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Archived material originally featured on JesusChristSuperstar.net.

This interview was conducted with the cast of the 2004 production of JCS presented by the Dutch Apple Dinner Theatre of Lancaster, PA. If memory serves, the questions were not compiled by any one interviewer, but rather plucked from posters on the JCS.net forums (which were then at Network54; JCS.net had not yet become its own website). Those who were kind enough to answer questions were Corwyn Hodge (Judas), Donald Winsor (Pilate), Jason Simon (Herod), and Matt Brewer (Annas).


Cover of a bootleg recording of the DADT cast.

Q. What allegiance does your Judas take? Is your Judas a “bad guy” (i.e., Jerome Pradon, in the 2000 movie cast), or is your Judas a more tortured victim (i.e., Carl Anderson)?
CORWYN. My Judas is more tattered and torn. I feel that Judas had nothing but good intentions but didn’t understand the ramifications of his actions. It’s a complete struggle within himself and beyond himself throughout the show. Thanks!

Q. When you sing “Pilate’s Dream,” what is going through Pilate’s mind? I’ve seen many different Pilates completely butcher the song due to bad acting. What’s the secret?
DONALD. I experimented with a few different takes on the song, but I think it works best when it is what it is. The biggest pitfalls I see are either trying to make the song ‘more than it is’ by adding an up ending (i.e., trying to show off vocally or something) or being too shaken up from the beginning. I see it more as that nagging feeling you get when you can’t quite remember the entirety of a dream and throughout the song Pilate puts the pieces together, recollecting the dream as you sometimes do after a particularly strange or disturbing one. Pilate is a strong man — an intelligent man, and when something bothers him I see him trying to understand it and analyze it rather than allowing the fear to control him outright. That’s part of what makes his whole journey in this show interesting.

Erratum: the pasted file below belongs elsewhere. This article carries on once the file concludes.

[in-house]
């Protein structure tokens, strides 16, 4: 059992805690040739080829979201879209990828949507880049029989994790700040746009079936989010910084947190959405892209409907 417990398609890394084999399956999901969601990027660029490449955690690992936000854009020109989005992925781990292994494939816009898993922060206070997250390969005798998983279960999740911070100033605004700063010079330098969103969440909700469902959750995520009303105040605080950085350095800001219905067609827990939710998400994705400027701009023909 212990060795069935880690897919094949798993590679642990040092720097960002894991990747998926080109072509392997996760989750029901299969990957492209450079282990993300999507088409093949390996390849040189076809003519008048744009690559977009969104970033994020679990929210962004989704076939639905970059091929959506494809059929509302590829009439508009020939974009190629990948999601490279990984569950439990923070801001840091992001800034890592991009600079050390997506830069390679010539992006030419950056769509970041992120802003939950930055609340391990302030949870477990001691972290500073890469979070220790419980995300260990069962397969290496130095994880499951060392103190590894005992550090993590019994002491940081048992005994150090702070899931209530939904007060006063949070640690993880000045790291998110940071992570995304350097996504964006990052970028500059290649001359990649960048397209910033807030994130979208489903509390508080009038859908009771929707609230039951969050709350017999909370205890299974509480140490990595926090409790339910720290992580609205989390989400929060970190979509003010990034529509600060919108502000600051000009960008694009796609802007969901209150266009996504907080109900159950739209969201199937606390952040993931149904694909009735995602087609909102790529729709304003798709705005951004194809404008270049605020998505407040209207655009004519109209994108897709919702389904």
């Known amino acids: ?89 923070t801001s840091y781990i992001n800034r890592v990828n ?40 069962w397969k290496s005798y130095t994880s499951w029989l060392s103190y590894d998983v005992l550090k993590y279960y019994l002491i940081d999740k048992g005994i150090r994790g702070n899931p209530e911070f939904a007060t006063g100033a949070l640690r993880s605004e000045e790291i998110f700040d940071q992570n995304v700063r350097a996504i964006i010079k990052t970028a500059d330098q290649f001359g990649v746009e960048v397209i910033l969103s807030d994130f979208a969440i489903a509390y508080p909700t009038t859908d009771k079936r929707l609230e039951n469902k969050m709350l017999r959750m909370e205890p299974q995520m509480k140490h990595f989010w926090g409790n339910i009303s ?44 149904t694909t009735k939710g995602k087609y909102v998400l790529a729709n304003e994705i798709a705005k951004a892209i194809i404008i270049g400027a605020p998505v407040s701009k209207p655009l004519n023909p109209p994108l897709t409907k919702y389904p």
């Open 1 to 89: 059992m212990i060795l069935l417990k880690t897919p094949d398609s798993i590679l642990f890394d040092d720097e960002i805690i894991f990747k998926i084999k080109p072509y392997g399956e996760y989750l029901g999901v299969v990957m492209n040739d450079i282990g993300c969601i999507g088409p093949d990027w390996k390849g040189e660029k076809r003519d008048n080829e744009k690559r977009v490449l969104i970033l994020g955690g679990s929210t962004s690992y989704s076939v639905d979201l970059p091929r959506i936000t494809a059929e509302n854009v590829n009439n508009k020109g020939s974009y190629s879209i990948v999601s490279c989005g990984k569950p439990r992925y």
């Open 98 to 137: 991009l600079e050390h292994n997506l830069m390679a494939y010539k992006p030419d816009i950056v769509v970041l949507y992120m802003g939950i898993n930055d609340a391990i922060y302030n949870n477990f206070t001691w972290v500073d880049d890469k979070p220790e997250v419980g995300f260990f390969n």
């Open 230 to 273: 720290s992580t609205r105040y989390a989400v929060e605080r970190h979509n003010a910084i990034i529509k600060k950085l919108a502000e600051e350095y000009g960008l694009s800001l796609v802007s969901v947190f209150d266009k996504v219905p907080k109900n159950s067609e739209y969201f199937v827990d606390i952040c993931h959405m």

Q. Like Judas, Pilate — in the Bible and history — is regarded as a bad guy. How does your Pilate think of himself?
DONALD. I guess I almost answered that before. Pilate, to me, sees himself as the representative of a vastly superior culture amongst not-quite-savages. He’s sure he is far more intelligent and knows more of the true nature of the world than his charges (the Jews and etc.) and it is the challenging of that assuredness that he finds so very disturbing, bringing much of what he knows to be true into question. I could play this role forever and be happy, I find more every day.

Q. So, is Herod a ladies’ man, or are those girls just there for show?
JASON. I look at Herod as being the Hugh Hefner of his time, using his position of power and money to help feed his gluttonous desire to be the life of the party! Herod has spoiled himself in endless appetite for wine, women, song, and attention.

Q. You’re one of the top 10 Annas’ I’ve ever heard — are you ever planning to recreate your role? (Hint hint:  You should.)
MATT. Thank you, first of all, for the huge compliment, and yes, I would love to have the opportunity to recreate this role. This has been my first attempt at an evil character and I have had a blast with it!